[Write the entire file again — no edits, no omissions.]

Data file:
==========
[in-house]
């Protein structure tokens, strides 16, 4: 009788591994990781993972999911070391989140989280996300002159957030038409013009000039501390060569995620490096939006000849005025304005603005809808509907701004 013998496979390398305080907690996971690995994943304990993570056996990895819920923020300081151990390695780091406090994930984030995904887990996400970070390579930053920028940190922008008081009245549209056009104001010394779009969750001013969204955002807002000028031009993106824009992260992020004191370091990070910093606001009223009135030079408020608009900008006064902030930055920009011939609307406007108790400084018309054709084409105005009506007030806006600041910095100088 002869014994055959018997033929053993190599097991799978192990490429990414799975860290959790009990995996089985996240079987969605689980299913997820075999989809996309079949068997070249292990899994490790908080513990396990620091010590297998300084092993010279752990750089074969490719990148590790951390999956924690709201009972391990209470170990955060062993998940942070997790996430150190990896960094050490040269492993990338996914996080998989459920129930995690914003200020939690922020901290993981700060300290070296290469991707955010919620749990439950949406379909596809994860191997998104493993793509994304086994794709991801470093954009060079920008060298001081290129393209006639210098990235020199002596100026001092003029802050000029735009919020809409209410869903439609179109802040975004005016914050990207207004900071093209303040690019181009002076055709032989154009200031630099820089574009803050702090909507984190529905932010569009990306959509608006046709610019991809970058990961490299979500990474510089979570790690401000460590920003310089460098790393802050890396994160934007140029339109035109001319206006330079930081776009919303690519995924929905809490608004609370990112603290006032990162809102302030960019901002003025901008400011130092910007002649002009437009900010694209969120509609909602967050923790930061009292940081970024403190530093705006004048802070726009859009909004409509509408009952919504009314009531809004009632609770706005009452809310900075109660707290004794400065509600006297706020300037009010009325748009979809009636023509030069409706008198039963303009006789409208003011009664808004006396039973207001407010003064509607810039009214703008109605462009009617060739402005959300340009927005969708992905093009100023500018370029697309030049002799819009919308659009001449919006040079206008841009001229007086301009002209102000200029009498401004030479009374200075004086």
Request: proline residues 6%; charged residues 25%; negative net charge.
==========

[in-house]
């Protein structure tokens, strides 16, 4: 009788591994990781993972999911070391989140989280996300002159957030038409013009000039501390060569995620490096939006000849005025304005603005809808509907701004 013998496979390398305080907690996971690995994943304990993570056996990895819920923020300081151990390695780091406090994930984030995904887990996400970070390579930053920028940190922008008081009245549209056009104001010394779009969750001013969204955002807002000028031009993106824009992260992020004191370091990070910093606001009223009135030079408020608009900008006064902030930055920009011939609307406007108790400084018309054709084409105005009506007030806006600041910095100088 002869014994055959018997033929053993190599097991799978192990490429990414799975860290959790009990995996089985996240079987969605689980299913997820075999989809996309079949068997070249292990899994490790908080513990396990620091010590297998300084092993010279752990750089074969490719990148590790951390999956924690709201009972391990209470170990955060062993998940942070997790996430150190990896960094050490040269492993990338996914996080998989459920129930995690914003200020939690922020901290993981700060300290070296290469991707955010919620749990439950949406379909596809994860191997998104493993793509994304086994794709991801470093954009060079920008060298001081290129393209006639210098990235020199002596100026001092003029802050000029735009919020809409209410869903439609179109802040975004005016914050990207207004900071093209303040690019181009002076055709032989154009200031630099820089574009803050702090909507984190529905932010569009990306959509608006046709610019991809970058990961490299979500990474510089979570790690401000460590920003310089460098790393802050890396994160934007140029339109035109001319206006330079930081776009919303690519995924929905809490608004609370990112603290006032990162809102302030960019901002003025901008400011130092910007002649002009437009900010694209969120509609909602967050923790930061009292940081970024403190530093705006004048802070726009859009909004409509509408009952919504009314009531809004009632609770706005009452809310900075109660707290004794400065509600006297706020300037009010009325748009979809009636023509030069409706008198039963303009006789409208003011009664808004006396039973207001407010003064509607810039009214703008109605462009009617060739402005959300340009927005969708992905093009100023500018370029697309030049002799819009919308659009001449919006040079206008841009001229007086301009002209102000200029009498401004030479009374200075004086």
Request: proline residues 6%; charged residues 25%; negative net charge.